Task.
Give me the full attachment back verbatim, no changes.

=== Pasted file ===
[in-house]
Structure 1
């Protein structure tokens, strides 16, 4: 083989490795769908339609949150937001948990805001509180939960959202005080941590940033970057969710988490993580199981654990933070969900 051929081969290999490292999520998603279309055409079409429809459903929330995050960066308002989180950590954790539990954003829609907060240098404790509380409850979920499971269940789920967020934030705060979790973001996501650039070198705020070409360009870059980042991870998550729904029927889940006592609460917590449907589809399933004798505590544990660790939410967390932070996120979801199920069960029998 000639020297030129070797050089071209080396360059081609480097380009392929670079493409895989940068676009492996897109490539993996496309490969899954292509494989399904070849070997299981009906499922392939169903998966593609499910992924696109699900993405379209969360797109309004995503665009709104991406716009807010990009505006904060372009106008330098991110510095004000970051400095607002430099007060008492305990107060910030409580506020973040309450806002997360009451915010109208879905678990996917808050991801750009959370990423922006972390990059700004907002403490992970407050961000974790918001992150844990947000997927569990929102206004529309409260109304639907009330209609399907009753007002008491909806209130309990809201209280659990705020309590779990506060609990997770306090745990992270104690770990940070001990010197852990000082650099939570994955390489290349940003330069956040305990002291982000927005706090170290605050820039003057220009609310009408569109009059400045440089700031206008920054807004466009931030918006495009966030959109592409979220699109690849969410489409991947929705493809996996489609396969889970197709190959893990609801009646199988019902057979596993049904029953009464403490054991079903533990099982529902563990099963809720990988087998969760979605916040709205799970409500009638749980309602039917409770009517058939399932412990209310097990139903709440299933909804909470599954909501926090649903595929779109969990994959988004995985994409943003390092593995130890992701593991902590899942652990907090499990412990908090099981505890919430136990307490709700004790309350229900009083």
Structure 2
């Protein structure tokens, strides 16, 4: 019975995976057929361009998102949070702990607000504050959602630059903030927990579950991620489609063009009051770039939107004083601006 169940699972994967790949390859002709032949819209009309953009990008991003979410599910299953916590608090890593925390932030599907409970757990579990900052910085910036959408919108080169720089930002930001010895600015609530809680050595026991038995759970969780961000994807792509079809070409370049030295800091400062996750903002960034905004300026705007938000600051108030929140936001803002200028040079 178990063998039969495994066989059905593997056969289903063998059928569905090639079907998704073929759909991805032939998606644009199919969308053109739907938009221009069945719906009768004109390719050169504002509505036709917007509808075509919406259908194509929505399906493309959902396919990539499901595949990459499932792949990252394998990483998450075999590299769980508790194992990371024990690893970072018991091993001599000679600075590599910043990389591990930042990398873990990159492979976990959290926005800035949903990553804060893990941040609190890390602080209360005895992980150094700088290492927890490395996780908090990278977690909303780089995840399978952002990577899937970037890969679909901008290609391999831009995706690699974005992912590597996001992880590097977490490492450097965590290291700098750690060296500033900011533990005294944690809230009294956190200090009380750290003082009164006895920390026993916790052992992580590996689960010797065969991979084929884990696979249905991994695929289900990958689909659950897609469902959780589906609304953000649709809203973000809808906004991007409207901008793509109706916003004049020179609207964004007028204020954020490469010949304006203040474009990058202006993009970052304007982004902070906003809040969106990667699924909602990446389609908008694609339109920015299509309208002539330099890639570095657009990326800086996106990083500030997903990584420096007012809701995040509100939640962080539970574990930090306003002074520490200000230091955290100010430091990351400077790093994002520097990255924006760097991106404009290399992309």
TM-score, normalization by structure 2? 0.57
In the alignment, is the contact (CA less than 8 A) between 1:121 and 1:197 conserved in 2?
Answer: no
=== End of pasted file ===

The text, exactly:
[in-house]
Structure 1
């Protein structure tokens, strides 16, 4: 083989490795769908339609949150937001948990805001509180939960959202005080941590940033970057969710988490993580199981654990933070969900 051929081969290999490292999520998603279309055409079409429809459903929330995050960066308002989180950590954790539990954003829609907060240098404790509380409850979920499971269940789920967020934030705060979790973001996501650039070198705020070409360009870059980042991870998550729904029927889940006592609460917590449907589809399933004798505590544990660790939410967390932070996120979801199920069960029998 000639020297030129070797050089071209080396360059081609480097380009392929670079493409895989940068676009492996897109490539993996496309490969899954292509494989399904070849070997299981009906499922392939169903998966593609499910992924696109699900993405379209969360797109309004995503665009709104991406716009807010990009505006904060372009106008330098991110510095004000970051400095607002430099007060008492305990107060910030409580506020973040309450806002997360009451915010109208879905678990996917808050991801750009959370990423922006972390990059700004907002403490992970407050961000974790918001992150844990947000997927569990929102206004529309409260109304639907009330209609399907009753007002008491909806209130309990809201209280659990705020309590779990506060609990997770306090745990992270104690770990940070001990010197852990000082650099939570994955390489290349940003330069956040305990002291982000927005706090170290605050820039003057220009609310009408569109009059400045440089700031206008920054807004466009931030918006495009966030959109592409979220699109690849969410489409991947929705493809996996489609396969889970197709190959893990609801009646199988019902057979596993049904029953009464403490054991079903533990099982529902563990099963809720990988087998969760979605916040709205799970409500009638749980309602039917409770009517058939399932412990209310097990139903709440299933909804909470599954909501926090649903595929779109969990994959988004995985994409943003390092593995130890992701593991902590899942652990907090499990412990908090099981505890919430136990307490709700004790309350229900009083």
Structure 2
């Protein structure tokens, strides 16, 4: 019975995976057929361009998102949070702990607000504050959602630059903030927990579950991620489609063009009051770039939107004083601006 169940699972994967790949390859002709032949819209009309953009990008991003979410599910299953916590608090890593925390932030599907409970757990579990900052910085910036959408919108080169720089930002930001010895600015609530809680050595026991038995759970969780961000994807792509079809070409370049030295800091400062996750903002960034905004300026705007938000600051108030929140936001803002200028040079 178990063998039969495994066989059905593997056969289903063998059928569905090639079907998704073929759909991805032939998606644009199919969308053109739907938009221009069945719906009768004109390719050169504002509505036709917007509808075509919406259908194509929505399906493309959902396919990539499901595949990459499932792949990252394998990483998450075999590299769980508790194992990371024990690893970072018991091993001599000679600075590599910043990389591990930042990398873990990159492979976990959290926005800035949903990553804060893990941040609190890390602080209360005895992980150094700088290492927890490395996780908090990278977690909303780089995840399978952002990577899937970037890969679909901008290609391999831009995706690699974005992912590597996001992880590097977490490492450097965590290291700098750690060296500033900011533990005294944690809230009294956190200090009380750290003082009164006895920390026993916790052992992580590996689960010797065969991979084929884990696979249905991994695929289900990958689909659950897609469902959780589906609304953000649709809203973000809808906004991007409207901008793509109706916003004049020179609207964004007028204020954020490469010949304006203040474009990058202006993009970052304007982004902070906003809040969106990667699924909602990446389609908008694609339109920015299509309208002539330099890639570095657009990326800086996106990083500030997903990584420096007012809701995040509100939640962080539970574990930090306003002074520490200000230091955290100010430091990351400077790093994002520097990255924006760097991106404009290399992309």
TM-score, normalization by structure 2? 0.57
In the alignment, is the contact (CA less than 8 A) between 1:121 and 1:197 conserved in 2?
Answer: no